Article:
THE EDEN ALTERNATIVE BLOG — Recently the American Journal of Alzheimer’s Disease and Other Dementias published a study showing the effects of mindfulness on care partnerships. CBS News wrote up the findings in an interesting article.
You may think or hope I’m joking, but nope we’re talking about tree rings today. So, before you click away I encourage you to read just a few paragraphs more. For those of you who may not know these rings are how we measure a trees age.
There is wide discrepancy between description and explanation. Many things in our lives are easily described, but when asked to explain them, we are hard pressed to respond.
In college I was told never to write an “alarm clock opening.” This technique, I was told, is often used in unimaginative beginnings.
As a young, healthy man I imagine my sense of security is much different my parents’, and theirs is that much different than their parents’.
Dr. Bill Thomas has been writing and speaking publicly for over 20 years. The Eden Alternative has just posted a webinar of Dr. Bill deconstructing the art of speaking publicly and explaining the pieces in a meaningful, accessible way.
There is really no way to jump into this nicely so I’ll just out with it. Calico, a subsidiary of Google, is trying to cure death and to do that they are going to try to ‘cure’ aging.
Do UStream? You should.
Look for us at the 6th Annual Green House Meeting and Celebration in Boston, MA November 18-20th.
Leapfrogging off my thought earlier this week about younger generations becoming resentful of older generations. The New York Time has an interesting piece about how people really aren’t very good at predicting how much (if at all) they will change as they age. When we remember our past selves, they seem quite different. We know how much our personalities and tastes have changed over… Read more →
Has there always been this level of contention between generations? Tell us what you think.
Earlier this week I was in Branson, MO helping to cover Signature Health Care’s 2013 Elder Vacation, and there are some great stories to look at.
I’m not arrogant.
Mostly it’s just a case of my obstinant, one-track mind colliding with my youthful pride to create something distressingly similar to arrogance.
Change is a tricky thing, isn’t it?
Knowing which changes are worth making, and which ones cause needless stress is nearly impossible to figure out objectively.
The Eden Alternative has been dedicated to creating a life worth living for nearly two decades. So, what exactly makes a life worth living?
What is going to happen when my generation reaches retirement age after paying the equivalent of two mortgages worth of debt?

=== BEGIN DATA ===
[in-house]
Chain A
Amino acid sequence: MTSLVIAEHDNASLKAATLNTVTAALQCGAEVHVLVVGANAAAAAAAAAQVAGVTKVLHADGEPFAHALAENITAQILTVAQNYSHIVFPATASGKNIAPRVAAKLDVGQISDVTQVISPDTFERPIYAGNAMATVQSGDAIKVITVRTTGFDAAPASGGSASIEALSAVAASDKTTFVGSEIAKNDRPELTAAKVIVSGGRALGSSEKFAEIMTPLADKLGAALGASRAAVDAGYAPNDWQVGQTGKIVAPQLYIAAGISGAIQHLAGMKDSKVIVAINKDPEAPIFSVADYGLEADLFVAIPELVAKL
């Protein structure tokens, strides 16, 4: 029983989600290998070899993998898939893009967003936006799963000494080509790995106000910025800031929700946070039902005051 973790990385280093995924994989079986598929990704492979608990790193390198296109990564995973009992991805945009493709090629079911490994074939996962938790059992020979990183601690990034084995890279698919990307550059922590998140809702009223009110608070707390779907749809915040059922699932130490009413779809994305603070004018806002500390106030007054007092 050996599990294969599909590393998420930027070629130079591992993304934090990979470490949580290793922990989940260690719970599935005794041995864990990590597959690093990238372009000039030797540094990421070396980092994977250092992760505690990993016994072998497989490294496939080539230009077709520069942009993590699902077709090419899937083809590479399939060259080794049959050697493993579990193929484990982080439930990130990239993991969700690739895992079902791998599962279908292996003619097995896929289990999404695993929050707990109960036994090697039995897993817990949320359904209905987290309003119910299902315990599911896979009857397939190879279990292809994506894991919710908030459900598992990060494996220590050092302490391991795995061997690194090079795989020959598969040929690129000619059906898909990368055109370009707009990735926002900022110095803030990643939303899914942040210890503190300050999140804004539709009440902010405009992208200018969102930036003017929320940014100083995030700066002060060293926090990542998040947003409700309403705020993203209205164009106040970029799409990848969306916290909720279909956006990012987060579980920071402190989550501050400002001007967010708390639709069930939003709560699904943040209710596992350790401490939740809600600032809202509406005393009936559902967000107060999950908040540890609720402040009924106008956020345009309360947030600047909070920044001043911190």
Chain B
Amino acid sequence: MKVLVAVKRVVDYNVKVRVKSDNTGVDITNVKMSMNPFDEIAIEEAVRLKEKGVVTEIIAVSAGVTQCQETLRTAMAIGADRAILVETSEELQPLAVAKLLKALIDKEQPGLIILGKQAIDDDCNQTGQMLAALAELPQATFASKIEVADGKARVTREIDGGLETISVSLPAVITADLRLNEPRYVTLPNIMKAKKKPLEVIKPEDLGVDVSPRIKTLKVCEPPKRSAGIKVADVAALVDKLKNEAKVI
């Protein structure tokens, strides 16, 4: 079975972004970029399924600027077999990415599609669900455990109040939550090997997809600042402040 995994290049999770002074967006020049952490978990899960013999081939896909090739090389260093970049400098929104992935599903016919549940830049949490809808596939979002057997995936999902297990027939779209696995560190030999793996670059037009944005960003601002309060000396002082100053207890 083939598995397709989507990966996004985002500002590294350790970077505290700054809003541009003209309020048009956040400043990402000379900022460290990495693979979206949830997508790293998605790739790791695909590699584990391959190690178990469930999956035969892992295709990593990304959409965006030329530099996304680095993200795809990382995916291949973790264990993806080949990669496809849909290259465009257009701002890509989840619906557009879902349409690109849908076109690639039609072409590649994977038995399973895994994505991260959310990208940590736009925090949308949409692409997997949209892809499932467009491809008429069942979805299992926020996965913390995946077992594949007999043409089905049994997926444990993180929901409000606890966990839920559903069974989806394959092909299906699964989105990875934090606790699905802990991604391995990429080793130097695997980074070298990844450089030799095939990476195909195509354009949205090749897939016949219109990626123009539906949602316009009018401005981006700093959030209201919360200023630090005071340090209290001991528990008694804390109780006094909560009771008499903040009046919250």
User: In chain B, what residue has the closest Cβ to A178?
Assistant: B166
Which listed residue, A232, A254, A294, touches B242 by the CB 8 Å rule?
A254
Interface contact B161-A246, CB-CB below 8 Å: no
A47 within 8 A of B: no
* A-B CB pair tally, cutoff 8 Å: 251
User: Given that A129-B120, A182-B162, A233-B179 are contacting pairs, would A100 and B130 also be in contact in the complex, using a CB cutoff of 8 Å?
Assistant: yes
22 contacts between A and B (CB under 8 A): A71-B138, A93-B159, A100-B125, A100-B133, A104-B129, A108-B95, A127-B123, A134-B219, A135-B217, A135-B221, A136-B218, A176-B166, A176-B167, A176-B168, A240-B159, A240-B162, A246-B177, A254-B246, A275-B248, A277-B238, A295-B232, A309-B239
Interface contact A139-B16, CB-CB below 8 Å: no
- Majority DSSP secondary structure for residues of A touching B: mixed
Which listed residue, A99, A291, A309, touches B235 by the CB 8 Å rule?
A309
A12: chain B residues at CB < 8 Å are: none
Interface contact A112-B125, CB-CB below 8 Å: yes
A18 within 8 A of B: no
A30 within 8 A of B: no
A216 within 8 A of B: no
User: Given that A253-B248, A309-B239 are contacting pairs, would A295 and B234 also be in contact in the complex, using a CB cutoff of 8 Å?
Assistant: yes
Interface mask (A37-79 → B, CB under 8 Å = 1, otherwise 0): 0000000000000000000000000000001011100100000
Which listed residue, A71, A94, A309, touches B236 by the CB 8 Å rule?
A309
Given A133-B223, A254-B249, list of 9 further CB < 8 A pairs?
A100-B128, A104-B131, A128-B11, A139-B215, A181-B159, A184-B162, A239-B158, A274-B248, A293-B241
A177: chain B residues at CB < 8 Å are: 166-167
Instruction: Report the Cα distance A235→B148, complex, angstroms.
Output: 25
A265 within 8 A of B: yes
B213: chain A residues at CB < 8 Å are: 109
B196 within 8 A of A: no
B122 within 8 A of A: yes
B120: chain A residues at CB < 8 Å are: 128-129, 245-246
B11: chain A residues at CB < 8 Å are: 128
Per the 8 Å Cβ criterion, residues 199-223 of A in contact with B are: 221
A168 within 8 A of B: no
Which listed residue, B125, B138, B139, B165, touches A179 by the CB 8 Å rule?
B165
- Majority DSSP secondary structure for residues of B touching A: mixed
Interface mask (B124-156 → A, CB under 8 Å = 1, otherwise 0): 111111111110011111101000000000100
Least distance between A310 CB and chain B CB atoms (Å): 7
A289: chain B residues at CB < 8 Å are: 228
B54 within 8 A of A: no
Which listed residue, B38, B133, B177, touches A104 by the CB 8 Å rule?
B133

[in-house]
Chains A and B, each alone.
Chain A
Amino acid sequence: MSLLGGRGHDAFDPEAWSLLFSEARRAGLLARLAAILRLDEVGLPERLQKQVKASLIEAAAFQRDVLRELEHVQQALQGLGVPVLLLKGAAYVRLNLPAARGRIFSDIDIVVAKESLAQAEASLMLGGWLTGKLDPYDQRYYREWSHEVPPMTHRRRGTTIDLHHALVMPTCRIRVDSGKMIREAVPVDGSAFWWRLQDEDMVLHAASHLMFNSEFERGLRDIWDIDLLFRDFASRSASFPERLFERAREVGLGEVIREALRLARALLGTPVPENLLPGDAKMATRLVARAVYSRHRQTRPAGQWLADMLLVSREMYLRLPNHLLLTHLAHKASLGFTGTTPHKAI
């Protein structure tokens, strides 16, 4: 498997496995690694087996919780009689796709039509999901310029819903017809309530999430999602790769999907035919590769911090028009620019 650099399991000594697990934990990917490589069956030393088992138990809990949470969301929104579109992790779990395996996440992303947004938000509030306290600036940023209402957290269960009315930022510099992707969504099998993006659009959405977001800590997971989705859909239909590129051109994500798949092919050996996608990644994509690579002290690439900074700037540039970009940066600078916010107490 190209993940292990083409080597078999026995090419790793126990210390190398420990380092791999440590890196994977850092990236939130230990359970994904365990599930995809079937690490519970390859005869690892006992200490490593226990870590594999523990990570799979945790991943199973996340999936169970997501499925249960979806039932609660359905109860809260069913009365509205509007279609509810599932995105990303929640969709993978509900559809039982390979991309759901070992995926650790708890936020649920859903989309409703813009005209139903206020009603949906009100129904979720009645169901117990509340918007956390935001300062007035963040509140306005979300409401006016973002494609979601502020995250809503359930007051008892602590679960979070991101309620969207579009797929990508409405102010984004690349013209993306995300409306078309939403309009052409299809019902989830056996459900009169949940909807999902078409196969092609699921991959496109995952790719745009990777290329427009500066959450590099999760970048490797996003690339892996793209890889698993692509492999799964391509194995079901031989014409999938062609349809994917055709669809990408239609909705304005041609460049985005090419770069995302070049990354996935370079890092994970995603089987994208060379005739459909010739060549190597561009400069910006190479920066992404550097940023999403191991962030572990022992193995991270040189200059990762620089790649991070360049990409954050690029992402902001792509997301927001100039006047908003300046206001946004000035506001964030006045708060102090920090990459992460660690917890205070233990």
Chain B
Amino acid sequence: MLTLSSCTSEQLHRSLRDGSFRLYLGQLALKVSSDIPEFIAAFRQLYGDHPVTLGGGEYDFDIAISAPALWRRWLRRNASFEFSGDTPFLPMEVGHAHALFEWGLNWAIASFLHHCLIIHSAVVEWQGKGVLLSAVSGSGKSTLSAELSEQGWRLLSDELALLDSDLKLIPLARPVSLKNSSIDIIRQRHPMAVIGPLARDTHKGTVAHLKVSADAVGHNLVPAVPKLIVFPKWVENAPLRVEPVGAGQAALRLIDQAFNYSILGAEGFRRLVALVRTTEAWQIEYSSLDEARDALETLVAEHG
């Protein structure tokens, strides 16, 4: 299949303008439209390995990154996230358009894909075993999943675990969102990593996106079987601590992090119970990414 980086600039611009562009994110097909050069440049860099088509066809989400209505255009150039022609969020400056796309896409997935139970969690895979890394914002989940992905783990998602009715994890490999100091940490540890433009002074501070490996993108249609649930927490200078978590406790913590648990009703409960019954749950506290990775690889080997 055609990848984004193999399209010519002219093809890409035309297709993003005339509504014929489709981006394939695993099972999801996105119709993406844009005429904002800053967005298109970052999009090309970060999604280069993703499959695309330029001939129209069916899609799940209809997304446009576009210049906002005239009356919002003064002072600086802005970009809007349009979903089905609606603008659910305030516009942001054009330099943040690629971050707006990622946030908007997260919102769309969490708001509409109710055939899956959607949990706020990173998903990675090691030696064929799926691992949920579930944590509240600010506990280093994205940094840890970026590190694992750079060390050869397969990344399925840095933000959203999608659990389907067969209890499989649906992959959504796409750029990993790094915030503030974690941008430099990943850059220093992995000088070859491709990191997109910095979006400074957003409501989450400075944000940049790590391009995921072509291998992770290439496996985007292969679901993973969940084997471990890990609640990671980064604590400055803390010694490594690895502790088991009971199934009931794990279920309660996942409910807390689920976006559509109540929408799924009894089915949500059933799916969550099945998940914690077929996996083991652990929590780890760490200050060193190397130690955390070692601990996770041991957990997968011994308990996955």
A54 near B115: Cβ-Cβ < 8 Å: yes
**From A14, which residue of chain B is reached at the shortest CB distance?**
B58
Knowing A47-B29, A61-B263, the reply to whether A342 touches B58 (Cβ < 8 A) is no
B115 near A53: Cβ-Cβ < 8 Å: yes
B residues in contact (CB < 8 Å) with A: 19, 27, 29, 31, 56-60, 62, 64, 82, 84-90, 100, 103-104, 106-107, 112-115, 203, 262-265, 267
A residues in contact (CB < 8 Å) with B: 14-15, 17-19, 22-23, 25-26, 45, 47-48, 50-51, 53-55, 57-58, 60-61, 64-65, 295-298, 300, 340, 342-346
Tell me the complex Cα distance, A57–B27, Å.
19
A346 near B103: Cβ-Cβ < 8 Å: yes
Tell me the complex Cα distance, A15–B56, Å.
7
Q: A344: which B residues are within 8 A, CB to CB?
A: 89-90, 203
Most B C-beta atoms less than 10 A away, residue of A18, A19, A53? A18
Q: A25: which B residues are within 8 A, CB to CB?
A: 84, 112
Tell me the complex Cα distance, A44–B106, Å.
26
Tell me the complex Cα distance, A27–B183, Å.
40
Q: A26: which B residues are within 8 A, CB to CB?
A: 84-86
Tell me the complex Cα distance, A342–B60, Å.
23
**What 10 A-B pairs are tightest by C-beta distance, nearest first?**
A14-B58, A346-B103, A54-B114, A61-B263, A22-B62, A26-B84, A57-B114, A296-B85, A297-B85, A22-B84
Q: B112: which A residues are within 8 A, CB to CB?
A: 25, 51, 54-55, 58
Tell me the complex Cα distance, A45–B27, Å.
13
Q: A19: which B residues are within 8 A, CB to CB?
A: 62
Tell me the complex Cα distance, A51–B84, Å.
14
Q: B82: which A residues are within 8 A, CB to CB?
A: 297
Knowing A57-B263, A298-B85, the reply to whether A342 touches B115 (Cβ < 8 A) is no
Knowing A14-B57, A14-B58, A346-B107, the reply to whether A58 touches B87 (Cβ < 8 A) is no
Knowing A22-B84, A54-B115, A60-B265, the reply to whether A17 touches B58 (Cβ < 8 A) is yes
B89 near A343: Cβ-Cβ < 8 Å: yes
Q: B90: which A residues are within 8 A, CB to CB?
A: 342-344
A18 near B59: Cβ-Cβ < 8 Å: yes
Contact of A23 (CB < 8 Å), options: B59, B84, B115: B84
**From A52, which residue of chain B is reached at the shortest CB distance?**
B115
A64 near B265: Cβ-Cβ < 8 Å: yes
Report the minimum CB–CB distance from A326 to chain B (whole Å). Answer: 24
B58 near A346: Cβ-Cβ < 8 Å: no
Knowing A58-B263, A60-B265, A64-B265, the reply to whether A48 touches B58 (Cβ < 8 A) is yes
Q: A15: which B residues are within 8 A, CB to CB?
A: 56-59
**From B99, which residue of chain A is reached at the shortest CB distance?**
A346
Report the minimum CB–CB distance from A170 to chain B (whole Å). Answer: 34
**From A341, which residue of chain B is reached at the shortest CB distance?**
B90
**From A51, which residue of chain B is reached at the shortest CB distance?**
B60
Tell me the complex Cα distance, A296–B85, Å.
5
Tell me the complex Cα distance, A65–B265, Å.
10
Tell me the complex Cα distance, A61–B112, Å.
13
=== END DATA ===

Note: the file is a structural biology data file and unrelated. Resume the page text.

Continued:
The Millennial generation is coming of age as the most stressed generation. Little wonder considering college graduates are entering a contracting economy crushing debt.
How good are we at perceiving beauty? That was the focus of a Washington Post social experiment that sought to test people’s ability to identify great art.
I graduated college December 21, 2012 and was summarily catapulted into real life. Certainly the past 22 years have been real; I have had my share of trials to date, but until now I had been living the life of a child. Childhood, in my view, was characterized by a lack of independence and the accompanying stress. As a child proper I depended wholly on my parents for support and guidance and as I grew this reliance diminished but never went away fully.
I grew up surrounded by the biggest names in aging. Eden’s first class of Regional Coordinators was initiated in my house, and I have met countless aging professionals since. My father took me to see the first Green Houses open in Tupelo, Mississippi. As a child I wore one of the first Eden shirts ever to come off the press. The point is I have been connected to the aging movement since I first started aging myself.
The New York Times has a great little article out about the Cleveland Clinic’s innovative team-based treatment. Instead of being bounced from specialist to specialist they have created a single team of specialists who work together.
In its most fundamental reform, the clinic in the past five years has created 18 “institutes” that use multidisciplinary teams to treat diseases or problems involving a particular organ system, say the heart or the brain, instead of having patients bounce from one specialist to another on their own.